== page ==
addressed by Amendment 488 in new application note 18:
Because the weights of LSD carrier media vary
widely and typically far exceed the weight of the
controlled substance itself, the Commission has determined that basing offense levels on the entire weight
of the LSD and carrier medium would produce unwarranted
disparity among offenses involving the same quantity of
LSD (but different carrier weights), as well as sentences disproportionate to those for other, more dangerous controlled substances, such as PCP. Consequently, in cases involving LSD contained in a carrier
medium, the Commission has established a weight per
dose of 0.4 milligram for purposes of determining the
base offense level.
4

gram

per-dose

appropriate

formula may

circumstances

previously imposed.

See
___

receive
to

effect

U.S.S.G.

retroactive application
reductions

in

1B1.10(a), (d)

in

sentences

(1993); 18

U.S.C.

3582(c)(2); United States v. Holmes, 13 F.3d 1217, 1222


_____________
______

(8th Cir. 1994) (district courts

have discretion to apply Amend-

ment 488 retroactively in appropriate circumstances).2


____________________
The dosage weight of LSD selected exceeds the Drug
Enforcement Administration's standard dosage unit for
LSD of 0.05 milligram (i.e., the quantity of actual LSD
____
per dose) in order to assign some weight to the carrier
medium. Because LSD typically is marketed and consumed
orally on a carrier medium, the inclusion of some
weight attributable to the carrier medium recognizes
(A) that offense levels for most other controlled
substances are based upon the weight of the mixture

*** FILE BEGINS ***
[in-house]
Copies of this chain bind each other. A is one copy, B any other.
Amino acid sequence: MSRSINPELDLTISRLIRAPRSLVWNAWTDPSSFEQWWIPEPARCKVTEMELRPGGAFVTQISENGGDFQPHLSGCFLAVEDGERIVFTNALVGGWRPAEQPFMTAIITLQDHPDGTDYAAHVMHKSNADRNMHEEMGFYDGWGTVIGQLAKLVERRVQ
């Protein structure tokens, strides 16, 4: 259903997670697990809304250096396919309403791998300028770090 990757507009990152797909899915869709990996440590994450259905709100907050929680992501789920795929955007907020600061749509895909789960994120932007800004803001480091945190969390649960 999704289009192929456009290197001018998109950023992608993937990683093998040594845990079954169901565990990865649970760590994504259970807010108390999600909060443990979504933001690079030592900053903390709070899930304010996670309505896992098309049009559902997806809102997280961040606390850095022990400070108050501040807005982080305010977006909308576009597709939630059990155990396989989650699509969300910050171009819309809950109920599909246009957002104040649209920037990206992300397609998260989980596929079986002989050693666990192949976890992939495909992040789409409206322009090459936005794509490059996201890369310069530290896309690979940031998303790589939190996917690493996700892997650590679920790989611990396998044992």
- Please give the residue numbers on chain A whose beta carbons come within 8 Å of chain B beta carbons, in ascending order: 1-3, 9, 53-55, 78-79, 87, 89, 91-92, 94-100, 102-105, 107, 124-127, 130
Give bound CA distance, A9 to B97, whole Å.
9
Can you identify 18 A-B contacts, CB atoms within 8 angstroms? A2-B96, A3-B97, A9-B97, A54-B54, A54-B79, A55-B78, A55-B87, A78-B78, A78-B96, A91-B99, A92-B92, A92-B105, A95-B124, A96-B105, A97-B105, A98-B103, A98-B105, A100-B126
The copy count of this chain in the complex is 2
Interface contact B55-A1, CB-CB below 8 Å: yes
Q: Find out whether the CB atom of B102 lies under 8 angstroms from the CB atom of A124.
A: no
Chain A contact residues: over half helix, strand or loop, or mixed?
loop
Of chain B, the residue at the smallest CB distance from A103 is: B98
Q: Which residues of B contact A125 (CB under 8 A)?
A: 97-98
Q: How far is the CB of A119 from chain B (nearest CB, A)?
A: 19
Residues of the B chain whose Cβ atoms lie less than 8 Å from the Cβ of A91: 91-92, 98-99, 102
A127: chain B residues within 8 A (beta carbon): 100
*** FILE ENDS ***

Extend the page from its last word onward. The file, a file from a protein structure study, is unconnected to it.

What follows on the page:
containing the controlled substance without regard to
purity, and (B) the decision in Chapman v. United
_______
______
States, 111 S. Ct. 1919 (1991) (holding that the term
______
"mixture or substance" in 21 U.S.C.
841(b)(1) includes the carrier medium in which LSD is absorbed).
At the same time, the weight per dose selected is less
than the weight per dose that would equate the offense
level for LSD on a carrier medium with that for the
same number of doses of PCP, a controlled substance
that comparative assessments indicate is more likely to
induce violent acts and ancillary crime than is LSD.
(Treating LSD on a carrier medium as weighing 0.5
milligram per dose would produce offense levels equivalent to those for PCP.)
Thus, the approach decided
upon by the Commission will harmonize offense levels
for LSD offenses with those for other controlled substances and avoid any undue influence of varied carrier
weight on the applicable offense level.
U.S.S.G.

2D1.1, comment. (n.18).

2Section 3582 provides, in pertinent part:


The court may not modify a term of imprisonment once it
has been imposed except that
....
5

Absent

the

MMS

complication

posed

by

21

U.S.C.

841(b)(1)(B)(v), Amendment 488 would have resulted in a dramatic decrease in


GSR

from

appellant's prison sentence, since

121-151 months

(11.6 grams

(0.239 gram).

Due to 21 U.S.C.

district court

refused to reduce

five-year

MMS.

required minimum
applicable

See U.S.S.G
___
sentence

guideline

LSD) to

27-33 months

841(b)(1)(B)(v), however, the


Boot's prison
5G1.1(b)

is greater

range,

of

it sliced the

term below

("Where

than the

the statutorily

the

a statutorily
maximum of

required

the

minimum

sentence shall be the guidelines range.").

II
II
DISCUSSION
DISCUSSION
__________

The long and the short of the district court ruling was
that

the LSD quantity

calculation is controlled

MMS purposes and by Amendment


____________________

by Chapman for
_______

488 for GSR purposes.

Boot coun-

(2) in the case of a defendant who has been


sentenced to a term of imprisonment based on a sentencing range that has subsequently been lowered by the
Sentencing Commission pursuant to 28 U.S.C.
994(o),
upon motion of the defendant or the Director of the
Bureau of Prisons, or on its own motion, the court may
reduce the term of imprisonment, after considering the